• Odd truck trivia questions

  • Discussion of General Electric locomotive technology. Current official information can be found here: www.getransportation.com.
Discussion of General Electric locomotive technology. Current official information can be found here: www.getransportation.com.

Moderators: AMTK84, MEC407

  by Allen Hazen
Something (something stupid and trivial) that I've long been curious about... The old Kalmbach Publishing "Diesel Spotter's Guide Update" has a photo (on page 5) of a switcher (off-brand, built by a locomotive company we try not to mention on this forum!) with two dissimilar trucks: one a conventional switcher truck, one a "Flexicoil." (The owning railroad had switchers with both kinds of trucks, and maintenace mix-or-matched.) Leading to the question of whether similar things ever happened with four-axle GE U or Dash-7 series locomotives.

Three different types of trucks were used with these units: the drop equalizer design used on Alcos from the 1940s on, often called "Type B" though this designation has no official status, GE's FB-2 truck introduced in the early 1970s, and the Blomberg truck (from trade-ins built by the unmentionable...). (The Alco "Hi-Ad," as on the majority of C-430, COULD have been used, and I regret that the New York Central's mechanical department never, in a spirit of experimentation, tried a truck exchange between a U30B and a C430, but apparently they never did.) Several railroads owned units with more than one type of truck, so maintenance forces COULD have been tempted....

We know the three types of truck are interchangeable, in the sense that a locomotive built with one type can be retrofitted with one of the others with no major modification of the underframe: GE, after getting a maintenance contract with Santa Fe in the ???late 1980s??? or ???1990s??? replaced the drop equalizer trucks the Santa Fe's B23-7 were built with (on at least soe units) with FB-2 (which are apparently easier to maintain. And when Conrail, desperate for locomotives early in its existence, bought the four U36B built but never delivered to Autotrain, GE, at CR's request, replaced the Blomberg trucks they originally sported with drop-equalizer trucks for uniformity with the rest of CR's 4-axle GE fleet. BUT...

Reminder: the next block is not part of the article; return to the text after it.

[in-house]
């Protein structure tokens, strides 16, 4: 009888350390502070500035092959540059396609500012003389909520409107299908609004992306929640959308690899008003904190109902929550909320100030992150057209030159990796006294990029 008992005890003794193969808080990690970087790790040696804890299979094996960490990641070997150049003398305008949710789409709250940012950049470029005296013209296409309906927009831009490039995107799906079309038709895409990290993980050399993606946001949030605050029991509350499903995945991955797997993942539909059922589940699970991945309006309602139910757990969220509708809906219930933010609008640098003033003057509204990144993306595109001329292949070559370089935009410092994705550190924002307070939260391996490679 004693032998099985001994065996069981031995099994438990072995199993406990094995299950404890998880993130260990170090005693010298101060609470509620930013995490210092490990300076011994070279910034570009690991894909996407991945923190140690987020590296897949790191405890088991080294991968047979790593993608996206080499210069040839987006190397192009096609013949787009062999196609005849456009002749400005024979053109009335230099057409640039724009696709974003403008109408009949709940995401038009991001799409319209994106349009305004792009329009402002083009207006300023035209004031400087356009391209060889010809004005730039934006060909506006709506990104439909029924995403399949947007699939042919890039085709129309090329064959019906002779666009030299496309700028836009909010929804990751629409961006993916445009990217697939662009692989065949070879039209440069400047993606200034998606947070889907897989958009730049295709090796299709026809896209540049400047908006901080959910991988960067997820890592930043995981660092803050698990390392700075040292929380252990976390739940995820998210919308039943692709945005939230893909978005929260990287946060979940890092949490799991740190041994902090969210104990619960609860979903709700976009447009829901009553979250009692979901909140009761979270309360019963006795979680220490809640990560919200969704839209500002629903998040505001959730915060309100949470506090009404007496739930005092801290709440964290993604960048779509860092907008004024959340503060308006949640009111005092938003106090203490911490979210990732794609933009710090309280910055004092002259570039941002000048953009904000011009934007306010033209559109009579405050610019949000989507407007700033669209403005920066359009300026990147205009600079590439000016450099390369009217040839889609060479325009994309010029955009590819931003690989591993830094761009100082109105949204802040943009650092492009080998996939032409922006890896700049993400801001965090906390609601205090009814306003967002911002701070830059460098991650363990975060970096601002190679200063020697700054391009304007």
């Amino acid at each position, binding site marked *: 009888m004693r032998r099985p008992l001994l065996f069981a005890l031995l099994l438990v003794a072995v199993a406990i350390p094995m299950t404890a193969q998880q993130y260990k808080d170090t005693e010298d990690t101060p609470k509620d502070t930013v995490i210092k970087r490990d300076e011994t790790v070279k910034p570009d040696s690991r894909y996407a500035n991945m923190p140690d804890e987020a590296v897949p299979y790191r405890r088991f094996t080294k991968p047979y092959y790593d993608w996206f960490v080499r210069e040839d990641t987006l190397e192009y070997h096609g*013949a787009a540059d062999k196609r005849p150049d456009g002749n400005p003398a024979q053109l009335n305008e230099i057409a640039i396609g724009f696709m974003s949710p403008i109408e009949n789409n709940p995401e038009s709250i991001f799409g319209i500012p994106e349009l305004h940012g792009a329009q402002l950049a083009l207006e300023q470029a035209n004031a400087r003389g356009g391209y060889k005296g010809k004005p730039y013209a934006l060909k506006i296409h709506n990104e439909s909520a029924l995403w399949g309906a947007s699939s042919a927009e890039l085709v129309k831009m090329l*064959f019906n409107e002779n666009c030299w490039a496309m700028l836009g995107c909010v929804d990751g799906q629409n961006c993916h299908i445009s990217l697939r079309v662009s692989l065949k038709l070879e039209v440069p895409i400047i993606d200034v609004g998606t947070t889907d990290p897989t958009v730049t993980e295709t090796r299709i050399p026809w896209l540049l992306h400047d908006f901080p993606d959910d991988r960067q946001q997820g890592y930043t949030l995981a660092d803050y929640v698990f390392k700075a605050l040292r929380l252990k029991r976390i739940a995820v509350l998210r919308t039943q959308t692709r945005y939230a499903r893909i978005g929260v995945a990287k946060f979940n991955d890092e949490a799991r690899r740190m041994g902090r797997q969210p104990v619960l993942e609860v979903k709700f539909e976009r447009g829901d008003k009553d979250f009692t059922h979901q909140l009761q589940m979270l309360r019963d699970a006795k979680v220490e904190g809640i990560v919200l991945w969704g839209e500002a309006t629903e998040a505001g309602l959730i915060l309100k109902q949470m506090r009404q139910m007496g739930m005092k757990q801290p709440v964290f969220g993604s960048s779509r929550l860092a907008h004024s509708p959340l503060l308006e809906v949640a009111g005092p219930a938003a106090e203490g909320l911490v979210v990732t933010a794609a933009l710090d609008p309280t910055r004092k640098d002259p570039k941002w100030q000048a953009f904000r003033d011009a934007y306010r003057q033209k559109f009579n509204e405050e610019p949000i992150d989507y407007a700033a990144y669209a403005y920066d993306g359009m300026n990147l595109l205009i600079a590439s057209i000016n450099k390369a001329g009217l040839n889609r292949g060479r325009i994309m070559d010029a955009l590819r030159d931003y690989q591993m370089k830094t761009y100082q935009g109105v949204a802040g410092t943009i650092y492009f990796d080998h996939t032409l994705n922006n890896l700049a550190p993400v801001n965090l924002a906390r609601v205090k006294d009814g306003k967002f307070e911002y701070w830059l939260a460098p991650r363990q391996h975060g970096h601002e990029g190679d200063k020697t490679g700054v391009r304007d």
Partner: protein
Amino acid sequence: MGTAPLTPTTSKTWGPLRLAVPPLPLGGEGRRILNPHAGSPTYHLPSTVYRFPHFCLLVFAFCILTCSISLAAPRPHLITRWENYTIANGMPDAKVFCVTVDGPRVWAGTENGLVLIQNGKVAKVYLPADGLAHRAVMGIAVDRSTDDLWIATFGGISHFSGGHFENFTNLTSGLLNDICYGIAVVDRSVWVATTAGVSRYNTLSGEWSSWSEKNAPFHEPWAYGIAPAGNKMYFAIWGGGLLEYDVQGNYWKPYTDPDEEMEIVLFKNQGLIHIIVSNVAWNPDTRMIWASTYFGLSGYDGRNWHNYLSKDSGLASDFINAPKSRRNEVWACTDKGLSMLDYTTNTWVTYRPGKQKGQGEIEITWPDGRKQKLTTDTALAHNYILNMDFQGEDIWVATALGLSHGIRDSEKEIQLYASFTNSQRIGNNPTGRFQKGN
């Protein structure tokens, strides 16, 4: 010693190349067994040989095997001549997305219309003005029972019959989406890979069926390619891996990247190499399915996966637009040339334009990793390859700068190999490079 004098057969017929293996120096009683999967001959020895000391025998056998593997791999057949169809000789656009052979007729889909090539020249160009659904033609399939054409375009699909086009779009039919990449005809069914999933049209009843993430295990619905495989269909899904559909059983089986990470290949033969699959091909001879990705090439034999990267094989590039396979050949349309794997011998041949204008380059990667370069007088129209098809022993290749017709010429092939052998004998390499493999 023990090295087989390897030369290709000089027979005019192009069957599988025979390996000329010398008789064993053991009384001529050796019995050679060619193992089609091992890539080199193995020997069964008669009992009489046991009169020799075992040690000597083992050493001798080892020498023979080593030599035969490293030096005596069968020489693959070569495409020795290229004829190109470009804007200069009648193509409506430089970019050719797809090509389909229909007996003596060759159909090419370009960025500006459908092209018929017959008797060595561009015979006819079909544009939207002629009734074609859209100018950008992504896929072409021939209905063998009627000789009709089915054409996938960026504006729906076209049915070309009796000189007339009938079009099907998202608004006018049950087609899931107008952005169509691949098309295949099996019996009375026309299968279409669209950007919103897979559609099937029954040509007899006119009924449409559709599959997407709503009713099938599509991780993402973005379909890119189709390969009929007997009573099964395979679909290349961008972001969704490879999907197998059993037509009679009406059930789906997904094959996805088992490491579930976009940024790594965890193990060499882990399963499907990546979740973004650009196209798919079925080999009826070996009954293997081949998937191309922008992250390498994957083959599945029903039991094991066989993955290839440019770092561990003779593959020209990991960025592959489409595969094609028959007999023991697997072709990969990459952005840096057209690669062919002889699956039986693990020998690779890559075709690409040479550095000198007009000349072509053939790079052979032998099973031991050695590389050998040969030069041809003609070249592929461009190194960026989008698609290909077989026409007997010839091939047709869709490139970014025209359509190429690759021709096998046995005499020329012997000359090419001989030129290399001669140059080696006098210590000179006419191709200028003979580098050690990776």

QUESTION 1: is there any reason in principle (see question 3 below for a possibility) why one of these locomotives couldn't have operated with one sort of truck at one end and a different one at the other?

QUESTION 2: is there any photographic evidence that any of these locomotive ever were so re-trucked?

On a related matter... That other locomotive builder's GP-35 usually had Blomberg trucks, but some were built with drop equalizer trucks from Alco trade-ins. Apparently (going by the dimensions in drawings in a couple of 1990 issues of "Mainline Modeler") they were a half inch taller (14' 5" rail-head to roof versus 14' 4.5") with Blombergs than with drop equalizer trucks.